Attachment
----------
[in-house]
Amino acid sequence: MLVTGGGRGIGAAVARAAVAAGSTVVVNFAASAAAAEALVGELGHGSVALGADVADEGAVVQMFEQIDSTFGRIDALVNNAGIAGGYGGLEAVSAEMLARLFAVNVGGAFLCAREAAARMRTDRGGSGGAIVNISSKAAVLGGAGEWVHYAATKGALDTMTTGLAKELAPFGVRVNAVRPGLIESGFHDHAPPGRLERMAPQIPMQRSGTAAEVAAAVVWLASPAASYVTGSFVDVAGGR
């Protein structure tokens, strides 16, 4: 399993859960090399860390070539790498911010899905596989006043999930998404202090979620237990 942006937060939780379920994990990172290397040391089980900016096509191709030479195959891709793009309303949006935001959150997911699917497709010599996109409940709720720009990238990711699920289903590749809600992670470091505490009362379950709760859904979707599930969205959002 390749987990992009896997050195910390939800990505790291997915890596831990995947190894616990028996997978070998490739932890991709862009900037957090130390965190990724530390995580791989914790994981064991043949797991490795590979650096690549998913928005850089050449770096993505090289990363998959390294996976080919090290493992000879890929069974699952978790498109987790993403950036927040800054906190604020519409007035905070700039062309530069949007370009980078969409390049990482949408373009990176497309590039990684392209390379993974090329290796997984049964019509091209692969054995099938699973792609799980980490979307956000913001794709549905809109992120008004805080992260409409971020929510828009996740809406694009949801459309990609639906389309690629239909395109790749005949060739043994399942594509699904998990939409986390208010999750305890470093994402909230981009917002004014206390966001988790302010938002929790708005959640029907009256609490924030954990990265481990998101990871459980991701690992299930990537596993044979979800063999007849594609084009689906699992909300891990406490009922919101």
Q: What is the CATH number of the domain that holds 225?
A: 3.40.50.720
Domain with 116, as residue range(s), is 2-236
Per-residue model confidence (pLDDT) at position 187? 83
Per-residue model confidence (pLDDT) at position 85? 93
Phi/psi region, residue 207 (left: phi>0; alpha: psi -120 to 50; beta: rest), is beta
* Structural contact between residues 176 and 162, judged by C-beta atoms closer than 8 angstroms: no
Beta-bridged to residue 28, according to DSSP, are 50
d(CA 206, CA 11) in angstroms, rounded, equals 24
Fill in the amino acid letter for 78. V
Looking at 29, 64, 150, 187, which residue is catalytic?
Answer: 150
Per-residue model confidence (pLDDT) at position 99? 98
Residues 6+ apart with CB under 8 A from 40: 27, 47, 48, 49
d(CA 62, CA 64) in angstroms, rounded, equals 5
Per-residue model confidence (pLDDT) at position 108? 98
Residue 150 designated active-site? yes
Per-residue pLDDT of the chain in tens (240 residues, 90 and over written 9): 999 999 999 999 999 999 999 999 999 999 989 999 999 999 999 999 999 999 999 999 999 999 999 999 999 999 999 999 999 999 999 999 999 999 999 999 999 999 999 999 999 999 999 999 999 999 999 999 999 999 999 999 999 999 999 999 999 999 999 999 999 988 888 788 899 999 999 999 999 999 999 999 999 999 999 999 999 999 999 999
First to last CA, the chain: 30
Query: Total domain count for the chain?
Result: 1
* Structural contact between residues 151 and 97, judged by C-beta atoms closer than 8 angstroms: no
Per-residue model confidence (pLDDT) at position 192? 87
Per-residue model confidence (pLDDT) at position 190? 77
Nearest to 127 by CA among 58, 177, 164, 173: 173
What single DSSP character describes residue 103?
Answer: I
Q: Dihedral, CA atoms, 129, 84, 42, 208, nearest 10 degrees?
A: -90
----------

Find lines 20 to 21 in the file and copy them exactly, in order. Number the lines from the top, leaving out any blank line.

Residue 150 designated active-site? yes
Per-residue pLDDT of the chain in tens (240 residues, 90 and over written 9): 999 999 999 999 999 999 999 999 999 999 989 999 999 999 999 999 999 999 999 999 999 999 999 999 999 999 999 999 999 999 999 999 999 999 999 999 999 999 999 999 999 999 999 999 999 999 999 999 999 999 999 999 999 999 999 999 999 999 999 999 999 988 888 788 899 999 999 999 999 999 999 999 999 999 999 999 999 999 999 999